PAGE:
And then there was one.
Just a single county among New York’s 62 remained at high risk for community COVID spread in the CDC‘s Friday update, a marked reversal from this time last month when all but eight Empire State counties merited that designation.
The dubious distinction is owned by Nassau County, with neighboring Suffolk County — the only other New York county in the CDC’s high-risk level a week ago — moving from high to low risk in the health agency’s latest update.
Regionally, Long Island has the second-highest rolling new case average (31.1 per 100,000) behind New York City (31.6), but Nassau County is dramatically increasing the rate with its second-in-the-state-highest rolling average of 35.5 new cases per 100,000 residents. That’s behind only Manhattan (38.5) on that metric.
Nassau’s hospitalization numbers, though, its new admission rate per 100,000 (12.4) and percentage of inpatient beds in use by COVID patients (5%) are notably higher than those in Manhattan (8.5 and 4%, respectively) and are the more critical indicators from a public health perspective, hence the heightened alert level.
Apart from all five boroughs and Tioga and Broome counties in the state’s Southern Tier region, the rest of New York has been downgraded to CDC’s low-risk tier.
The agency assesses risk based on the same three metrics New York City does, though it took health officials in the five boroughs longer to downgrade the alert level to medium than it did the CDC. That transition just came this week.
Why the discrepancy? There could be other reporting factors at play. The CDC assesses risk at the state or county level, for example, while the city bases its assessment on citywide stats.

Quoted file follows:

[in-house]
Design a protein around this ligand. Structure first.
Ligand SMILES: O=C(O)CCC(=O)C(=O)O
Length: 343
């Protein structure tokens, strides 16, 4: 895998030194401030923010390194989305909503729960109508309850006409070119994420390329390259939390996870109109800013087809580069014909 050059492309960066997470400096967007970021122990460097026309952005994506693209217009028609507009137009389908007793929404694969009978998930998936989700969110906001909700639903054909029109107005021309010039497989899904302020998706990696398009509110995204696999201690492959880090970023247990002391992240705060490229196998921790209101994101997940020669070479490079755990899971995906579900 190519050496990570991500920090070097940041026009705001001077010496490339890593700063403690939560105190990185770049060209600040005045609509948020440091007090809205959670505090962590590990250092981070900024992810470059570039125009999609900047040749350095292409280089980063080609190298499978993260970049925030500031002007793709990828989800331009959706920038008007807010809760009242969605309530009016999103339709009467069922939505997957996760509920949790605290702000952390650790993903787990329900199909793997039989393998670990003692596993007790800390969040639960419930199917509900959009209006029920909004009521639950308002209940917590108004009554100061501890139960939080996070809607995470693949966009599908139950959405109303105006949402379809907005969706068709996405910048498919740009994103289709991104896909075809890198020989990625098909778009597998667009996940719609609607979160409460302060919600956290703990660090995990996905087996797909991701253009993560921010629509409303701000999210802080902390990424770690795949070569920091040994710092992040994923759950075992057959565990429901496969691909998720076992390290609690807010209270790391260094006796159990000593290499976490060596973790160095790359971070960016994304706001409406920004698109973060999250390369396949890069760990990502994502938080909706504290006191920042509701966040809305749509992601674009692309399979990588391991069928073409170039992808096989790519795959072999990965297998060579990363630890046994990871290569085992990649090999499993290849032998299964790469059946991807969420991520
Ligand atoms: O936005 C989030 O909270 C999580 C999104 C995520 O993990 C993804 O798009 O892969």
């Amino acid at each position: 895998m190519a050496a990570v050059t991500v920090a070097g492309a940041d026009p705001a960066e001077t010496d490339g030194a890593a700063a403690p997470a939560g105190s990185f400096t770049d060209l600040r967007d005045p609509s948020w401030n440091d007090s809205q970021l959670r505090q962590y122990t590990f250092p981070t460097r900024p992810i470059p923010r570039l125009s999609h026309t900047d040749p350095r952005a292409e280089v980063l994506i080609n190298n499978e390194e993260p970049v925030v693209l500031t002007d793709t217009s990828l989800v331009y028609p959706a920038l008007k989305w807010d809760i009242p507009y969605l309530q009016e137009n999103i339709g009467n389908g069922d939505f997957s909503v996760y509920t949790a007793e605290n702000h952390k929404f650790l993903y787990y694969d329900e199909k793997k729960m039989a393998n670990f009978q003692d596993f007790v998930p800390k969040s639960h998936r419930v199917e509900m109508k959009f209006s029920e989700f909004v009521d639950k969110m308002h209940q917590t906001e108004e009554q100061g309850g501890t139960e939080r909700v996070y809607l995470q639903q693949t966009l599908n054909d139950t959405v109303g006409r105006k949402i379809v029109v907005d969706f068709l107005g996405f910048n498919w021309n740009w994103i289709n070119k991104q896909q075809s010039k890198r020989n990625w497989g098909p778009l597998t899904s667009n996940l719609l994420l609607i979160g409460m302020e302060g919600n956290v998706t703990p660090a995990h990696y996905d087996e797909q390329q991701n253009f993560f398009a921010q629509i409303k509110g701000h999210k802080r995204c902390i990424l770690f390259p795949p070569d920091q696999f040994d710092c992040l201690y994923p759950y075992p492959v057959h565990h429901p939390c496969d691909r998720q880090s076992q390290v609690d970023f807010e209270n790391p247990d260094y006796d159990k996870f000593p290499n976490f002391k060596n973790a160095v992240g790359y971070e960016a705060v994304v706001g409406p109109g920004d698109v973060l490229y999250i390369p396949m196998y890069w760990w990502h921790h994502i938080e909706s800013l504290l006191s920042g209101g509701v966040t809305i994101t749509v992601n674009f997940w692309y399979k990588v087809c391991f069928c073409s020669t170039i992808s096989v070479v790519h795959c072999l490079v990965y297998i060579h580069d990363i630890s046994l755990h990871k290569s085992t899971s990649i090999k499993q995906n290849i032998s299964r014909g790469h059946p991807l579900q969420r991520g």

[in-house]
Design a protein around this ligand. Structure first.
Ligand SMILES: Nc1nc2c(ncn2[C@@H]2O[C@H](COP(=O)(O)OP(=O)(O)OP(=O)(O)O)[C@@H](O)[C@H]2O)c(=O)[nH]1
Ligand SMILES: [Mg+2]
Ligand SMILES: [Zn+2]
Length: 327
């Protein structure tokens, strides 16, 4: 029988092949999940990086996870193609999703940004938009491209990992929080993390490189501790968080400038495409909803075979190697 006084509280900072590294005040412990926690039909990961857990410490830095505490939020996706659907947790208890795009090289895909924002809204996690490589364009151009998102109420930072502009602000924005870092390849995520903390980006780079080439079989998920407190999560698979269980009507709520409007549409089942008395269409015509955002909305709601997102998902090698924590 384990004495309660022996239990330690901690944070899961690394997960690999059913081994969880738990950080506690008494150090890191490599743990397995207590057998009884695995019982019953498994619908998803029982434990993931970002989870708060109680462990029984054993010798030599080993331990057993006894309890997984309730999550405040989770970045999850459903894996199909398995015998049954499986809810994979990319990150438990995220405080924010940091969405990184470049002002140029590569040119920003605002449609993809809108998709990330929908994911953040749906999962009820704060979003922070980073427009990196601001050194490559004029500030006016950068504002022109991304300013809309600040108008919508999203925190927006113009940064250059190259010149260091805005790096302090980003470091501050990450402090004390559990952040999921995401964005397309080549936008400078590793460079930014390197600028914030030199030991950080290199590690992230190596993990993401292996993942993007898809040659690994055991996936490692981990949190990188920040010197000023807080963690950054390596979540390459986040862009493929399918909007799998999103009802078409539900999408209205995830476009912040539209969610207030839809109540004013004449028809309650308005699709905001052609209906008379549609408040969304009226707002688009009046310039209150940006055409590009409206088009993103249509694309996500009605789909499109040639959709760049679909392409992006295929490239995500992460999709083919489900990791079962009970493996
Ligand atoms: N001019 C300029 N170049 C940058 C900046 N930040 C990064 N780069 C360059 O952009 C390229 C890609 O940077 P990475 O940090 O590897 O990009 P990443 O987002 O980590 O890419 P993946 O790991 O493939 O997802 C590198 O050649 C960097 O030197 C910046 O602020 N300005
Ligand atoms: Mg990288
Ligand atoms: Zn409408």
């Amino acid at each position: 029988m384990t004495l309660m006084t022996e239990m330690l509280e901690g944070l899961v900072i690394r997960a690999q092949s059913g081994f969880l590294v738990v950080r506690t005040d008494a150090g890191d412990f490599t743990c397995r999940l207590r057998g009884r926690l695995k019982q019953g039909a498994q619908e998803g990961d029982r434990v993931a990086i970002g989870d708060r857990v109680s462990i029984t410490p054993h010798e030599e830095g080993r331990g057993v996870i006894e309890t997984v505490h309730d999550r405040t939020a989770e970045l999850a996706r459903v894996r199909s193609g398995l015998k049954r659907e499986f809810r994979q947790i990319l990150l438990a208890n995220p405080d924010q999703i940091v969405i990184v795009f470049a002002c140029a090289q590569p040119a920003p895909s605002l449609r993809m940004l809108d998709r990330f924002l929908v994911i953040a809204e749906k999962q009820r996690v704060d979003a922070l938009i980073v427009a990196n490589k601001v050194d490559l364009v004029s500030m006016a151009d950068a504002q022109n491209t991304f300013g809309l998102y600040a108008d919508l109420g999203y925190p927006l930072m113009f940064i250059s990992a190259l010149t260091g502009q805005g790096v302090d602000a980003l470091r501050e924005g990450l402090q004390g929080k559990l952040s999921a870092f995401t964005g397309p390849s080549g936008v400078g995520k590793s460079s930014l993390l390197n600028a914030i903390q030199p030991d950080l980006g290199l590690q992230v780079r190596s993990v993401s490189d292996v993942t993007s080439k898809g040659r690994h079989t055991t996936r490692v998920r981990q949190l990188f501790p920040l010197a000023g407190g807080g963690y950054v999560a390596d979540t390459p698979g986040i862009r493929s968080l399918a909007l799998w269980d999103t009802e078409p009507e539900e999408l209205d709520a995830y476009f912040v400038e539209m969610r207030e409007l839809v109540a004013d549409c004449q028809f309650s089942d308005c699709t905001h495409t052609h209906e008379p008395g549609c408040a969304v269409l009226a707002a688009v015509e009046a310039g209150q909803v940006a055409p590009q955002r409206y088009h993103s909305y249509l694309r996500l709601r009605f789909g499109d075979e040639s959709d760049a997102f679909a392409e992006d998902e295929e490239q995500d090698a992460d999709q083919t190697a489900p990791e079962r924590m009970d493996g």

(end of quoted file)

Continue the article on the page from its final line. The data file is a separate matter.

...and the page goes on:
Differences in data flow and communication may also play a role.
Either way, experts appear to agree it’s apparent that all signs are pointing in the right direction for New York City as it emerges from this latest pandemic threat.
The latest wave has been largely blamed on the omicron subvariant BA.2.12.1, which has been said to be at least 25% more transmissible than the strain that came before it, omicron’s BA.2. BA.2 was thought to be at least 30% more contagious than the original omicron, which, as all of America and the globe saw this past winter, was the most infectious COVID strain to date at the time it emerged.
Hospitalizations increased, though to a lesser and more manageable degree than they did during previous waves associated with omicron and delta.
Similar patterns played out across the state at other times over the last few months, though the downstate region that includes New York City likely experienced that variant spread earlier than other states and major metro areas, based on the U.S. spots still grappling with high average COVID case and hospitalization rates.
Nationally, 392 — or 12.2% of — United States counties are considered high risk for community COVID spread by the CDC. That’s up about two percentage points in the last week, with the number of medium-risk counties climbing by 1.58%.
The majority of American counties — 56.9% of them — are at low risk, according to the CDC, though that number has plunged since the agency’s last weekly update.
Four of 21 New Jersey counties are still considered high risk by the CDC, though that number is down by eight since the update two weeks ago. Connecticut, meanwhile, is all green apart from New Haven, Litchfield and Middlesex counties.